The ethnic press thrives on a symbiotic relationship with
mom-and-pop enterprises since both predominantly serve the local
immigrant communities. ``Korean dry cleaners need Korean media to
grow their businesses,'' said Sandy Close, founder of New America
Still, ethnic press have challenges of their own. Readership
drops off considerably with the second generation, according to a
2003 San Francisco State University study on ethnic media.
Mindful of that, two of the upcoming Vietnamese publications plan
to offer some English content.
Leaders at the new ventures say they want to emulate Viet
Mercury, which was well-received by readers for its balanced
journalism and high professional standards in a community where
advocacy journalism is the norm and papers are susceptible to
pressures from political and business interests.
Viet Mercury was also the first local Vietnamese newspaper to
attract mainstream advertisers on a large scale rather than relying
on just area immigrant businesses for revenue. The new publications
hope to pair that model with lower overhead that will allow them to
charge less for ads.
Viet Mercury charged up to $1,000 for a full-page ad, and
couldn't pull in enough high-paying advertisers. Vietnamese
publications typically charge $120 for a full-page ad.
But competition is already intense, and some watchers doubt the
market is large enough for many more entrants. All four of the new
Vietnamese publications are currently talking to one another about
Quality -- and profit
Tran, whose VTimes publication makes its debut next month, is
convinced he can deliver both quality and profit. ``We'll have the
same quality of Viet Mercury,'' he said. ``But we'll do it for less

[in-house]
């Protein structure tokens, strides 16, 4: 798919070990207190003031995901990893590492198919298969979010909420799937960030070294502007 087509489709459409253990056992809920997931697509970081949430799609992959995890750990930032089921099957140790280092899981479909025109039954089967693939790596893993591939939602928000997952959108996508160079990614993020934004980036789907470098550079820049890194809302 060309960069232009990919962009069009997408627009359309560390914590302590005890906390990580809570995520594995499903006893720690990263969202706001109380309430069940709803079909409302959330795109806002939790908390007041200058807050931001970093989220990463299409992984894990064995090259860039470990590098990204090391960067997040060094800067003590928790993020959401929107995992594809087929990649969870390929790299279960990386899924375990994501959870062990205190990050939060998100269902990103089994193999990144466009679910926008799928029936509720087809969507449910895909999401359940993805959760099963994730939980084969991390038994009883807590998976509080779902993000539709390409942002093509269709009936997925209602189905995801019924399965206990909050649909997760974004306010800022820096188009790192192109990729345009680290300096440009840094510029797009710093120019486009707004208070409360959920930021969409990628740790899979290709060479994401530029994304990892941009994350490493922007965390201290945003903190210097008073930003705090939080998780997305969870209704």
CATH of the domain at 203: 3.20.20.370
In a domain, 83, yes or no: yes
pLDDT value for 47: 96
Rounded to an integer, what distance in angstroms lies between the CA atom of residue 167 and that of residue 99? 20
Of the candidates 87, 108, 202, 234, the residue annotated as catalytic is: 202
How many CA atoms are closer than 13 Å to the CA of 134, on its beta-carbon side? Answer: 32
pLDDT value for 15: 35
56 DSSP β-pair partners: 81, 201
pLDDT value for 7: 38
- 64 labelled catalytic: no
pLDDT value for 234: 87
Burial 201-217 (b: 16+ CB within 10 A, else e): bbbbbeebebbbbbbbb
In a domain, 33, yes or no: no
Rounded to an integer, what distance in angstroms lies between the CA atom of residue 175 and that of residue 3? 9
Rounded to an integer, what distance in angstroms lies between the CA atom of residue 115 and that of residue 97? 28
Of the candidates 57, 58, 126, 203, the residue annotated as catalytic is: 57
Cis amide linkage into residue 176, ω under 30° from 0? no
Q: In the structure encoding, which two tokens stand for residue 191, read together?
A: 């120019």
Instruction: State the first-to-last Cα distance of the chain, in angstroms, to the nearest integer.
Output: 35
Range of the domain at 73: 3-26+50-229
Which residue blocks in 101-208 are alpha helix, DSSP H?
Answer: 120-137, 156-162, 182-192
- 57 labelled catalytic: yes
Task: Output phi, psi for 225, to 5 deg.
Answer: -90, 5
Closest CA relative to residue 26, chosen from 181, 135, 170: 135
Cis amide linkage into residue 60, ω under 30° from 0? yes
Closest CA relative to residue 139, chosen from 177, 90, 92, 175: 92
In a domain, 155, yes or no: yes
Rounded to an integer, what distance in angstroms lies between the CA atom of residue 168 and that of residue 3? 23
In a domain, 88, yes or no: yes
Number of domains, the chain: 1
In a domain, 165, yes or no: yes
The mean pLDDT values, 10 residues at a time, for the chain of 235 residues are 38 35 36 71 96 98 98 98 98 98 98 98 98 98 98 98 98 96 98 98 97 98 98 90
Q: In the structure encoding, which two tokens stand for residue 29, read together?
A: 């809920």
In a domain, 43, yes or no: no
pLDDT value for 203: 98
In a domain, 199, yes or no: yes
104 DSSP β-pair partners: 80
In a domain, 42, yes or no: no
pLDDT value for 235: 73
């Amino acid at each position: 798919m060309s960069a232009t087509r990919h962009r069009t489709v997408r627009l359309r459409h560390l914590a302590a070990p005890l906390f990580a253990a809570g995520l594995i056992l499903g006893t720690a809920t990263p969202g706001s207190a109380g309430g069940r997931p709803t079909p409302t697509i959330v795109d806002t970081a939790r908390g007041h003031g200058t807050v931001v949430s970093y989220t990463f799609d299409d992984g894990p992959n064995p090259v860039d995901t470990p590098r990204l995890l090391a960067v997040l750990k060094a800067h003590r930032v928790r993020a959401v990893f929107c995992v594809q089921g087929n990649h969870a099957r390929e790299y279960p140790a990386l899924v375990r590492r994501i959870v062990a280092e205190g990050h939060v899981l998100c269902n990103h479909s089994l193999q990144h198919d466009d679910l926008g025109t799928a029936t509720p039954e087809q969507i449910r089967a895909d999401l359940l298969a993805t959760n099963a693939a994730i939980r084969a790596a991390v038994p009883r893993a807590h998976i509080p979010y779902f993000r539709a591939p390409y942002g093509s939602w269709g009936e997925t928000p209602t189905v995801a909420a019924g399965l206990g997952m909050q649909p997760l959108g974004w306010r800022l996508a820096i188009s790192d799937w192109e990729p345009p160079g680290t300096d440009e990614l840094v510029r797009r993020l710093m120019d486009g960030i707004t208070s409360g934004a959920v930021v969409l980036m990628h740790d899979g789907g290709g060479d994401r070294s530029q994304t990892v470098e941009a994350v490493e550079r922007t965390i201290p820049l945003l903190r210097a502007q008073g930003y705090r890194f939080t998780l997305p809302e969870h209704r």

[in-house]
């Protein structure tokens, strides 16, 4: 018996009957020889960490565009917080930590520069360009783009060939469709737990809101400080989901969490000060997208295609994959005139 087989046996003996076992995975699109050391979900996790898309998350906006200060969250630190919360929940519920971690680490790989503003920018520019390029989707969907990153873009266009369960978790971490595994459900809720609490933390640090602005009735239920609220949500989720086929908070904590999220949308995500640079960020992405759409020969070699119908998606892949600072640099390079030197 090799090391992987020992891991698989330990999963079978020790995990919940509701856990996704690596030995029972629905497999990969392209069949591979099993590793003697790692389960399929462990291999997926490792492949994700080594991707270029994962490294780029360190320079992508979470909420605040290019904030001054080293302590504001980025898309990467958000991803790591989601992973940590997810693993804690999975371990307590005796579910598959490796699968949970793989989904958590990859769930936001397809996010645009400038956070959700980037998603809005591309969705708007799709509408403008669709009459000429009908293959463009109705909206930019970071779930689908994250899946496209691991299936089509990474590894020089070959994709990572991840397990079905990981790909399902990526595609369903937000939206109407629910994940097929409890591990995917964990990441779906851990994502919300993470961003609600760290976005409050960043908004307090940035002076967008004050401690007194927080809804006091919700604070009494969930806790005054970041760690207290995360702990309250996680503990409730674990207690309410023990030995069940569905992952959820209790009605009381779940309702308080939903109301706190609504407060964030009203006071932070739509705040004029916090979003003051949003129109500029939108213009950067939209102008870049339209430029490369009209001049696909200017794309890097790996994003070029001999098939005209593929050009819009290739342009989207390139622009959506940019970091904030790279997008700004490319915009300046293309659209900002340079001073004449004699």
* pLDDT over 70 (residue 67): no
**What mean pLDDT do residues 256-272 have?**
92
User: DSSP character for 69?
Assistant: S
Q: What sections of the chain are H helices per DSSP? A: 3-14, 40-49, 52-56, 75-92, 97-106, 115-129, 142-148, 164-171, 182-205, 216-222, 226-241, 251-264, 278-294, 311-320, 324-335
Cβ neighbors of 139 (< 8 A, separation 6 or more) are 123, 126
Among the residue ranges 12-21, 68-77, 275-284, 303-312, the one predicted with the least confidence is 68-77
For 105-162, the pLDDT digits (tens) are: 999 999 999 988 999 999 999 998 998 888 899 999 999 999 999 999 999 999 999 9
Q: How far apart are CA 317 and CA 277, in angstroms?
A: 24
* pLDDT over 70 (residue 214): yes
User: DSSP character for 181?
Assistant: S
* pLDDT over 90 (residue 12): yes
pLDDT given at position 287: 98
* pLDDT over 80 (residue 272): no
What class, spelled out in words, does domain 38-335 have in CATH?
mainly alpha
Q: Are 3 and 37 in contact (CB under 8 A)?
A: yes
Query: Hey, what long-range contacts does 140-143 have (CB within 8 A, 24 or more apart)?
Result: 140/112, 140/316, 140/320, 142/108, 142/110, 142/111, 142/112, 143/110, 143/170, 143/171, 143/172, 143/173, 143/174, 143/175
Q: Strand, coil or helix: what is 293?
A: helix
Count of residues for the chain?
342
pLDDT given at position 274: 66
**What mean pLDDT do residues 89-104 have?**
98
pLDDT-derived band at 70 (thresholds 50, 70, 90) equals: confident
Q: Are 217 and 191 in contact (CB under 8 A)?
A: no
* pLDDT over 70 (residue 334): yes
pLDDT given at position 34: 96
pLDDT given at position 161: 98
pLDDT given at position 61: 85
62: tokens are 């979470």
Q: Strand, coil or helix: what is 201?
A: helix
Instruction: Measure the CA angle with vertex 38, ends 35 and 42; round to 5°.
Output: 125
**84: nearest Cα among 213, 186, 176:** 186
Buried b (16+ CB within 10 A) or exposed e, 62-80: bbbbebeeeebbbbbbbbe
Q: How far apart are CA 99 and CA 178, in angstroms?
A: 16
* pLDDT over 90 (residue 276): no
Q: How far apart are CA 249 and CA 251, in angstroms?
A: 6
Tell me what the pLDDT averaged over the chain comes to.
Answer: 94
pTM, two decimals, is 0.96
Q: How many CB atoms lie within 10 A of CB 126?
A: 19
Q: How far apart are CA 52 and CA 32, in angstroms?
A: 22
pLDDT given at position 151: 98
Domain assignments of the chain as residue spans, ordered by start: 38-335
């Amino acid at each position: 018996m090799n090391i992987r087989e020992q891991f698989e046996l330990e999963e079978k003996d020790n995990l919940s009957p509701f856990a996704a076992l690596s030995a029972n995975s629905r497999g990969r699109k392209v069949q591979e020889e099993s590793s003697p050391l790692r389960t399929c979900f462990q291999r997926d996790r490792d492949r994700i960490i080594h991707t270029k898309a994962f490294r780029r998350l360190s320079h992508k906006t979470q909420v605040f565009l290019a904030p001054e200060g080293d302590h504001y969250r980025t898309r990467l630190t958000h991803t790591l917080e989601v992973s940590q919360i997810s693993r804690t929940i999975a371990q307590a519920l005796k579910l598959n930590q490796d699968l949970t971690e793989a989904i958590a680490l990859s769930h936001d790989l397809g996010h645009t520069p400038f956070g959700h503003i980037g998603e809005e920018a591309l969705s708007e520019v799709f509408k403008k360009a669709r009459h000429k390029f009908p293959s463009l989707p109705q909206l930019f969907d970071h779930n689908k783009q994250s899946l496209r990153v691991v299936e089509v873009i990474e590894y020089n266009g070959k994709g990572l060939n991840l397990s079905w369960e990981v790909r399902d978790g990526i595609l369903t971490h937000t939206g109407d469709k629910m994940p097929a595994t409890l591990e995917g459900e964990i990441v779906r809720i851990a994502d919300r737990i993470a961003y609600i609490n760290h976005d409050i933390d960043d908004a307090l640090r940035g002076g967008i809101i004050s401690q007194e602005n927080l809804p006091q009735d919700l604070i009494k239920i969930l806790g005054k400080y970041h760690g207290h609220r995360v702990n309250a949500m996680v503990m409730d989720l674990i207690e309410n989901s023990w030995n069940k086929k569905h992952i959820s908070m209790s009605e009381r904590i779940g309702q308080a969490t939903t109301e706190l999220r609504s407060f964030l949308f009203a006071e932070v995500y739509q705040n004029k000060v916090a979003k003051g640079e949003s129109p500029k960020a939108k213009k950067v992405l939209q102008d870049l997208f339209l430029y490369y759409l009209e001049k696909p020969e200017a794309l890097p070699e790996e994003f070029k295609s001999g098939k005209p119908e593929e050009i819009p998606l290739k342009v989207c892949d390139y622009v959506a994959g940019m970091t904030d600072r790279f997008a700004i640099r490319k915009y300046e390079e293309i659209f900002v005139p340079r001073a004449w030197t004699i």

and we'll be able to charge much less for advertising.''
Tran wants his paper to be ``a bridge to connect
Vietnamese-Americans to the larger community,'' he said. Viet
Tribune, headed by Hoang Nguyen, will focus on culture and
lifestyle, particularly on issues affecting women and seniors.
Each of the new papers is being jump-started with only a few
hundred thousand dollars. They aim for circulations around
20,000, compared with Viet Mercury's 57,000. They will rely on
freelancers for most content.
The small scale of those operations leave many wondering whether
they can match Viet Mercury's editorial content.
``Viet Mercury raised the quality,'' said Nguyen Qui Duc, the
Vietnamese-American host of KQED's Pacific Time program. ``I don't
know that anyone can duplicate that because no one has those
Nguyen of VietUSA News said he wants to replicate Viet Mercury's
``integrity'' but said there may be limitations. ``Because we had
the backing and protection of the Mercury News, we were able to be
bold and courageous about exposing fraud and write exposes,'' he
said. ``With a community newspaper that has no shield, would we be
able to do those same kinds of stories?''
Tran is undeterred: ``A paper that's high-quality, objective and
well-designed -- there's a great need for it in the community.''